Eventually I found myself on the motorways, hooning past exit after exit labelled with the names of suburbs I’d never heard of. Some, I recognised from literature, comedy shows, and police reports, and accordingly avoided. It was a process of elimination, but I had no idea where I was actually going. I trusted my sense of direction and tried to keep heading in the direction that I thought was kind of east, kind of south-east. Eventually the motorway petered out into a large glorified road. I planned to filter up to some of the cars at the lights and ask directions, but it seems that there’s not enough traffic delay in Brisbane at 8pm on a Saturday night to do that. Or at least, not in that part of Brisbane, wherever that was. So after a while I spotted a servo on my side of the road and pulled in to ask directions.

The servo attendant had never heard of the suburb I was looking for. Fuck, I thought, I must be in completely the wrong part of town. I was tired, I was cold, I was hungry, and my new helmet was pressing in a particular spot on my forehead which, after twelve hours, was really starting to bother me. The prospect of hot shower and cold beer was seeming further and further away.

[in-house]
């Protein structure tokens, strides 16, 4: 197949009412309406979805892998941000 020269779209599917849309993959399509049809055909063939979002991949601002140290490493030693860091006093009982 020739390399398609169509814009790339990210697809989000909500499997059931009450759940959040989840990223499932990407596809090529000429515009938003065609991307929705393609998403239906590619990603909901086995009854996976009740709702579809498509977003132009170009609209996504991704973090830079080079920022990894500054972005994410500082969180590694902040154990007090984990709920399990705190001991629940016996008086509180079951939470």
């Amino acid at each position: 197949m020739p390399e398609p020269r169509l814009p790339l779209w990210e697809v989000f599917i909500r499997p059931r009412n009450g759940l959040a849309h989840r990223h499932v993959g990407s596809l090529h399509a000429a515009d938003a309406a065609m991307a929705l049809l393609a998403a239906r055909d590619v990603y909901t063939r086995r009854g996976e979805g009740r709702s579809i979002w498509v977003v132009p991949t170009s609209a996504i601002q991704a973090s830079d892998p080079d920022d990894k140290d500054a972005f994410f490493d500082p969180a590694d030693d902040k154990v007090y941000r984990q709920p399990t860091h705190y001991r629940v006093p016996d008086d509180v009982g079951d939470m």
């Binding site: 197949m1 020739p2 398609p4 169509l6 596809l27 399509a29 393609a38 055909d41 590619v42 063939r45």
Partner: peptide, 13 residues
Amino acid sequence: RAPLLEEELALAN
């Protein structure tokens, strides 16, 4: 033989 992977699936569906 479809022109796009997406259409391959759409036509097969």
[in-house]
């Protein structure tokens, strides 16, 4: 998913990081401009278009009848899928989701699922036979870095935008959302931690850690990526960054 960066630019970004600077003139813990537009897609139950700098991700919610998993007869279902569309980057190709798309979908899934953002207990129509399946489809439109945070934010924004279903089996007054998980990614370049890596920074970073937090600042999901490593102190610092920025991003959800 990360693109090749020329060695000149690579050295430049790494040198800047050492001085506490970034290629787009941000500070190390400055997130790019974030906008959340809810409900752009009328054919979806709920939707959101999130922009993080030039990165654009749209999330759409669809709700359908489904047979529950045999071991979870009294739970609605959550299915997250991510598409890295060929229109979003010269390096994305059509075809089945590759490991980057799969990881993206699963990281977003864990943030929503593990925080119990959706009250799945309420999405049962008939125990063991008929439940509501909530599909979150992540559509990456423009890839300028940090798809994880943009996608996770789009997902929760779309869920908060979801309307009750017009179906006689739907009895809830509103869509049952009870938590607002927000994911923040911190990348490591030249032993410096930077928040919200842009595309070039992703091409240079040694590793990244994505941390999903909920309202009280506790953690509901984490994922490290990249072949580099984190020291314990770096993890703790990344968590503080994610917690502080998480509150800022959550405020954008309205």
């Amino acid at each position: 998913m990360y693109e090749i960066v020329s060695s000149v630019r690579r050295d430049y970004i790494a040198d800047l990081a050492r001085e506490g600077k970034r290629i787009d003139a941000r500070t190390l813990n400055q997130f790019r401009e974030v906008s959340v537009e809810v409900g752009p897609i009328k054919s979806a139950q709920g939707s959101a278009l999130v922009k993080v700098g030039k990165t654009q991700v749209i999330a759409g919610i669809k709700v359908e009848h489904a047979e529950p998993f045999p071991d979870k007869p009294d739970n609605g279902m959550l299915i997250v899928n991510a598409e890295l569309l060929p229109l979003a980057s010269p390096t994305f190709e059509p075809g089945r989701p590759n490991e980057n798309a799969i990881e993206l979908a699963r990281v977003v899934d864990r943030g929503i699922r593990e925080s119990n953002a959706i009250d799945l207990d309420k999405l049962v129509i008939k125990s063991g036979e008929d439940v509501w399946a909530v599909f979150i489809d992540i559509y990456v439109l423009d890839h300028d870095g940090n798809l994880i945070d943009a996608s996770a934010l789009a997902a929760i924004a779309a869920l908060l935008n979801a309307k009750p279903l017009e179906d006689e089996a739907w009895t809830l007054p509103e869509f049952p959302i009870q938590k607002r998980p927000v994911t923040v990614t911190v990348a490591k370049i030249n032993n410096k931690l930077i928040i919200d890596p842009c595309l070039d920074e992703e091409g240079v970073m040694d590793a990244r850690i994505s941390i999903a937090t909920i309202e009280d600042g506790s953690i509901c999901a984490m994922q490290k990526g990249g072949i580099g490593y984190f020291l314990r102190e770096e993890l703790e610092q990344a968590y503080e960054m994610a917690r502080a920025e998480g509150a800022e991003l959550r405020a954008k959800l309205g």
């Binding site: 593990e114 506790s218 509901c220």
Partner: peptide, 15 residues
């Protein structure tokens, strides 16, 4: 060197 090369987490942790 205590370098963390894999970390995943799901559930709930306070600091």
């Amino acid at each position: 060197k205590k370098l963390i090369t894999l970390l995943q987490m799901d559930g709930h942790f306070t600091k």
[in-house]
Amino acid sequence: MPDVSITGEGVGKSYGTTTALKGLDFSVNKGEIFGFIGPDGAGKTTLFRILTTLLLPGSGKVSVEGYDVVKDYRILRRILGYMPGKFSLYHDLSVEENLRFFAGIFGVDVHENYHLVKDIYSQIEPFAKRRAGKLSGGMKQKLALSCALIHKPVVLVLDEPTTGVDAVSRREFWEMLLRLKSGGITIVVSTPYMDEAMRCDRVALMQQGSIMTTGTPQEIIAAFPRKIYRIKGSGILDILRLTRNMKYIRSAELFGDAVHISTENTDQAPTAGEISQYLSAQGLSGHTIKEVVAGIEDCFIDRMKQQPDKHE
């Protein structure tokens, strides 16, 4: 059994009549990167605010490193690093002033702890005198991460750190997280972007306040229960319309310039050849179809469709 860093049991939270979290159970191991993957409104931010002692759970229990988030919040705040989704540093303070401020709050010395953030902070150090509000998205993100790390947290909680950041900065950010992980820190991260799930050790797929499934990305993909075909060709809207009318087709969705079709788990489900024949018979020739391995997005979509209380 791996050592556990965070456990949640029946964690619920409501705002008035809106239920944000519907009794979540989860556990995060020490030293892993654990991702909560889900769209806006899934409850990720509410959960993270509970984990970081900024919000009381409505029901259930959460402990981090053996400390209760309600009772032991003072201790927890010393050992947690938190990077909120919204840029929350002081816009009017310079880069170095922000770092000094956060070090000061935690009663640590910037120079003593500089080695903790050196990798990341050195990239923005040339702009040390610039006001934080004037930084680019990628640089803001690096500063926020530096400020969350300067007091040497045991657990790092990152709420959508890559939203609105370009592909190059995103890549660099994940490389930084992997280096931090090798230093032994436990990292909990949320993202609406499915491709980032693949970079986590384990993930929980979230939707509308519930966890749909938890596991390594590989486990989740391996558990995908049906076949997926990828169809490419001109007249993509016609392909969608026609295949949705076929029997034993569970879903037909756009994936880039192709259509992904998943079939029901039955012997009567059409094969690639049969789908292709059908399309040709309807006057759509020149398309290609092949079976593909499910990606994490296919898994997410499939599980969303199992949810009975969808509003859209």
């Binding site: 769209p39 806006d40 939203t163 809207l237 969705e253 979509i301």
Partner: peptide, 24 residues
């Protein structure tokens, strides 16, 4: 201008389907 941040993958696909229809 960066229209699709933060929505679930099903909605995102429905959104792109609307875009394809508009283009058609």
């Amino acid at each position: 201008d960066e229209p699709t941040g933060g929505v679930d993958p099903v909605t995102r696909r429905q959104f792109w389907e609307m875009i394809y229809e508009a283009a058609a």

I took off my helmet and put my sore head in my hands for a minute while the servo attendant looked pessimistically at the index of a Gregory’s. 

 Then old mate who was paying for his fuel asked me if I was looking for a particular place? Why yes, I said, and told the sad story of my dead phone and my paper map of outback Queensland. No worries, he said, I’ll look it up and if we can’t find it then I’ll call my Dad – he used to be a taxi driver, he’ll know where it is.


So we Googled the address, and what do you know, it was only 7km away. My sense of direction (read: blind, dumb luck) seemed to be on the money. I got out a pen and copied out the directions onto my left hand; we fist bumped and I was on my way.

Back out on the motorway, riding along with one glove off so I could read the directions off the back of my hand. Every now and then I had to lean forward and put my hand in front of my headlight to read the next bit, and that seemed to work fine. Ten minutes later, I’d arrived. Beer, steak, hot shower, good company, the amazing hospitality of strangers. Winning all over the shop.


An improvement from camping in the bushes the previous night.

0 thoughts on “Shakedown run

  1. john says:

    Good read looks like you had a good little trip. 🙂

  2. James says:

    Nothing like a hot shower, cold beer and steak.